(Updates closing price in third paragraph.)
Nov. 23 (Bloomberg) -- UBS AG, Switzerland’s biggest bank, invested $506 million in Grupo de Inversiones Suramericana SA, helping the Medellin-based company raise funds to pay for its purchase of Latin American assets from ING Groep NV.
UBS bought 30 million shares for an average 32,500 pesos each, part of a sale of 120 million shares that raised 3.5 trillion pesos ($1.8 billion) in the biggest Colombian share offering in four years. The parent company of Colombia’s biggest lender said earlier this year it would raise as much as 3.9 trillion pesos in a share sale to help pay for the 2.7 billion euro ($3.6 billion) purchase of ING assets.
While luring the Swiss bank is good, Sura’s shares are dropping because the company did not attract enough demand to reach its 3.9 trillion peso target for the share sale, said Santiago Melo, analyst at Alianza Valores SA. Shares of Sura fell 4.9 percent to 29,900 pesos, the lowest level since July 2010, at 4 p.m. Bogota time.
“There was a large expectation that the offering was going to meet its target or be oversubscribed,” Melo said.
The sale price was 3.4 percent above yesterday’s closing price of 31,440 pesos.
Grupo Sura agreed in July to buy ING’s pensions, life insurance and investment management operations in Chile, Colombia, Mexico, Uruguay and Peru. The Colombian company has also said the International Finance Corporation, Sociedad Bolivar SA and a third co-investor will help fund the purchase with a combined total of as much as $900 million.
Biggest in Four Years
“In spite of the particularly adverse conditions on the markets both at home and abroad, we have been able to achieve our objective of financing the ING acquisition with funds from an issue of shares and other sources,” Sura’s CEO David Bojanini said in a PRNewswire statement today.
Sura’s share offering was Colombia’s biggest in four years, said Jairo Agudelo, an analyst at Celfin Capital in Medellin.
“With the funds they’ve raised, they would only have to get about another $500 million in debt for the ING purchase, which is not very significant for the company and shouldn’t lead to a downgrade,” Agudelo said.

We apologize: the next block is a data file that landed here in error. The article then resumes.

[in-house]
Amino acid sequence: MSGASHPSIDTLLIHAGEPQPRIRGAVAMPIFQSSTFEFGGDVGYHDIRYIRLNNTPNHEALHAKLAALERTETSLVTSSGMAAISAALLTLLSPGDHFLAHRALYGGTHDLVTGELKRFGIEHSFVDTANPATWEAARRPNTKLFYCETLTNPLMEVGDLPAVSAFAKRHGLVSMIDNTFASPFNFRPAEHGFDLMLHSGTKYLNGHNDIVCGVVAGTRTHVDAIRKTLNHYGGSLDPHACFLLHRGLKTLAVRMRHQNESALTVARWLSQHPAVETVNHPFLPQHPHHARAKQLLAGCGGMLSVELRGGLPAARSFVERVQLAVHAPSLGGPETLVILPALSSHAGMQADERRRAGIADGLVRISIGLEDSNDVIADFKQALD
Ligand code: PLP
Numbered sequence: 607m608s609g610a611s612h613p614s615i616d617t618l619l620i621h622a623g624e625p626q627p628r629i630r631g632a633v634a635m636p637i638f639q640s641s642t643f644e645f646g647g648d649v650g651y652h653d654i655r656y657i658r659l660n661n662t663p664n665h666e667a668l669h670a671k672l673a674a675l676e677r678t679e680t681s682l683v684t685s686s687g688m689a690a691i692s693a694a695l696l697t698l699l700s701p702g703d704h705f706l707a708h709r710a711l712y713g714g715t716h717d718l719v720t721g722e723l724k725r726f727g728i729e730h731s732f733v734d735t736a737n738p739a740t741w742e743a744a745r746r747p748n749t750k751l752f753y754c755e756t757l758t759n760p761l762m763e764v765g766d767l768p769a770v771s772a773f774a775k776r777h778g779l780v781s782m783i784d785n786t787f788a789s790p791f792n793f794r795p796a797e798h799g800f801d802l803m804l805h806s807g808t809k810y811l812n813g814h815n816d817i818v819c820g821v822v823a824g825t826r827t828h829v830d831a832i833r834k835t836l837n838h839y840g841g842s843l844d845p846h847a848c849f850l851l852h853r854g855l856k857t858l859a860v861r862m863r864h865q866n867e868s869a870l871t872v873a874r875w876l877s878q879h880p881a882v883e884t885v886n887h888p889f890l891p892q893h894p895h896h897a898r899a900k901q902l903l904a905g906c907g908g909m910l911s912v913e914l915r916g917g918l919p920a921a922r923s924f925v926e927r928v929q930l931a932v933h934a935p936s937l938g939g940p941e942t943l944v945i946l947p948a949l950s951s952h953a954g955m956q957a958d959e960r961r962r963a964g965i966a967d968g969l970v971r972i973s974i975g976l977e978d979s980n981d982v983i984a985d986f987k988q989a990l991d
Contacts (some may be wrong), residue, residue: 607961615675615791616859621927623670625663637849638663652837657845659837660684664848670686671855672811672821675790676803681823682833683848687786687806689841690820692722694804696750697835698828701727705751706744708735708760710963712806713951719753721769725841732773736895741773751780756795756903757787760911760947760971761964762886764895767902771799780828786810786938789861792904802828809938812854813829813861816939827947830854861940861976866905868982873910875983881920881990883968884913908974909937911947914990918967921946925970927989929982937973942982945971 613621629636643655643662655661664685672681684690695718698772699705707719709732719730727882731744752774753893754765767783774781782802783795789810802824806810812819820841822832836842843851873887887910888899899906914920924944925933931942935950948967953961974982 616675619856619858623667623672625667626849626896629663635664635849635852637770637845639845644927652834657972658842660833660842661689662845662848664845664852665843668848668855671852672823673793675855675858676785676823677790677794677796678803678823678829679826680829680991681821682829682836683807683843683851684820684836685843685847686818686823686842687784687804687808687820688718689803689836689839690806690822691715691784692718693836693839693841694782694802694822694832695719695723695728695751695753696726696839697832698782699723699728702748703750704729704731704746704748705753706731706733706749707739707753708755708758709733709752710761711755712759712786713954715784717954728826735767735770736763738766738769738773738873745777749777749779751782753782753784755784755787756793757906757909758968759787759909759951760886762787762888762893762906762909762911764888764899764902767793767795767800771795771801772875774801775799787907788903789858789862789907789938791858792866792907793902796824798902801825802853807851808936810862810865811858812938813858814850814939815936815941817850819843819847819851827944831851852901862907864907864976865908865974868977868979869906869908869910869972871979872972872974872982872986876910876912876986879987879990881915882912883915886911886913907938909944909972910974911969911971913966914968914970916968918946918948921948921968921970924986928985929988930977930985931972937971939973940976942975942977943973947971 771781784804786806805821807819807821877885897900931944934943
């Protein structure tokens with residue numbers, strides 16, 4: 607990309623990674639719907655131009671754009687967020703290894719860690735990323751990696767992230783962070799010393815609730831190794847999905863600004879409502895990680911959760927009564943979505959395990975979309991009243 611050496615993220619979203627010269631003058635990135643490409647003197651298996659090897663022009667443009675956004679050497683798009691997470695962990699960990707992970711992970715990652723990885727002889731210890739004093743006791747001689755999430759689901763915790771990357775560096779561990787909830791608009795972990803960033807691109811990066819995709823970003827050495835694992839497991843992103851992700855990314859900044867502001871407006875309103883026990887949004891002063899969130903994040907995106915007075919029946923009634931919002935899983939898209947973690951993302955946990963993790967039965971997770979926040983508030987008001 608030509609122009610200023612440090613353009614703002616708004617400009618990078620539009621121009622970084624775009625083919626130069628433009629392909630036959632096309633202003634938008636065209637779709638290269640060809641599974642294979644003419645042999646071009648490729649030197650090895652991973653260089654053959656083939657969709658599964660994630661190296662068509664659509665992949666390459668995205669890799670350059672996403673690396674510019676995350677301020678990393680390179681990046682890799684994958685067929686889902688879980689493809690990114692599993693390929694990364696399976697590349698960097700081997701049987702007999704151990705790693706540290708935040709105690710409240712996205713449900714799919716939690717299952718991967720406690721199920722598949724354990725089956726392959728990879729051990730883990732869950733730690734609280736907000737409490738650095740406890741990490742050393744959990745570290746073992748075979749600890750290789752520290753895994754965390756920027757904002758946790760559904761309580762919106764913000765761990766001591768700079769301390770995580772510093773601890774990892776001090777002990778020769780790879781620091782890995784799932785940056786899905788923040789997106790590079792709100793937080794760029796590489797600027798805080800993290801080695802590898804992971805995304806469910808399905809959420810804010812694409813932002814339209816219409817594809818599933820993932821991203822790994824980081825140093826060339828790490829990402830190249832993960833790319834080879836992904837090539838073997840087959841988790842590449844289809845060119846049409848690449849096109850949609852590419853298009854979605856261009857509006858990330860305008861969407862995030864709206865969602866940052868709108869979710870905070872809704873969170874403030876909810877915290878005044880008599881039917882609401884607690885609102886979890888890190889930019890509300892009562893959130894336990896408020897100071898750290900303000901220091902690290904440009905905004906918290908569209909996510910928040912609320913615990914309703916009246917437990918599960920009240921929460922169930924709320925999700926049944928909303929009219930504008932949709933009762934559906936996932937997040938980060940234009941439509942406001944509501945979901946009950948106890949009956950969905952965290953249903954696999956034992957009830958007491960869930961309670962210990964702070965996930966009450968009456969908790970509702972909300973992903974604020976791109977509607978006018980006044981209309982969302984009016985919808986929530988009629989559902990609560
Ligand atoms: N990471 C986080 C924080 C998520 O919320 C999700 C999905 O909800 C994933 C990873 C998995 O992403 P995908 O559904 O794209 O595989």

Standard & Poor’s said July 27 it may cut the company’s ratings to junk as “incremental indebtedness” from the ING acquisition could weaken the company’s ability to repay debt. S&P put its ratings of Sura on CreditWatch with negative implications.
Latibex Top Index
The share sale, along with co-investors and $500 million cash on hand would leave the company with a “very low level of additional debt,” Andres Bernal, the company’s vice president of investment, said in an e-mailed response to questions.
“I hope S&P sees all this as very positive!” Bernal said in the e-mail.
The company said it will be included in the FTSE Latibex Top Index, which consists of the 15 most capitalized and liquid securities on the broader Latibex All-Shares Index, as of Dec. 1, according to a Nov. 21 regulatory filing.
Colombian share offerings since October, including those of Ecopetrol SA, Empresa de Energia de Bogota SA and Banco Davivienda SA, failed to attract enough demand to meet their maximum targets amid reduced appetite for emerging-market assets on concerns about the debt crisis in Europe and slowing global growth, said Melo.
State-controlled Ecopetrol, Colombia’s largest oil company, raised $2.7 billion in a 2007 offering.
Bernal said the third “co-investor” in the ING purchase is a U.S.-based private international fund, without giving further details, and that the company is considering the possibility of a fourth co-investor that could add an additional $100 million.
He said the ING transaction can be closed once the purchase receives complete regulatory authorizations in Mexico, Colombia, Peru, Chile and Uruguay, which could happen as soon as next month.
UBS spokeswoman Hana Dunn in London couldn’t immediately comment.
--Editors: Marie-France Han, Glenn J. Kalinoski
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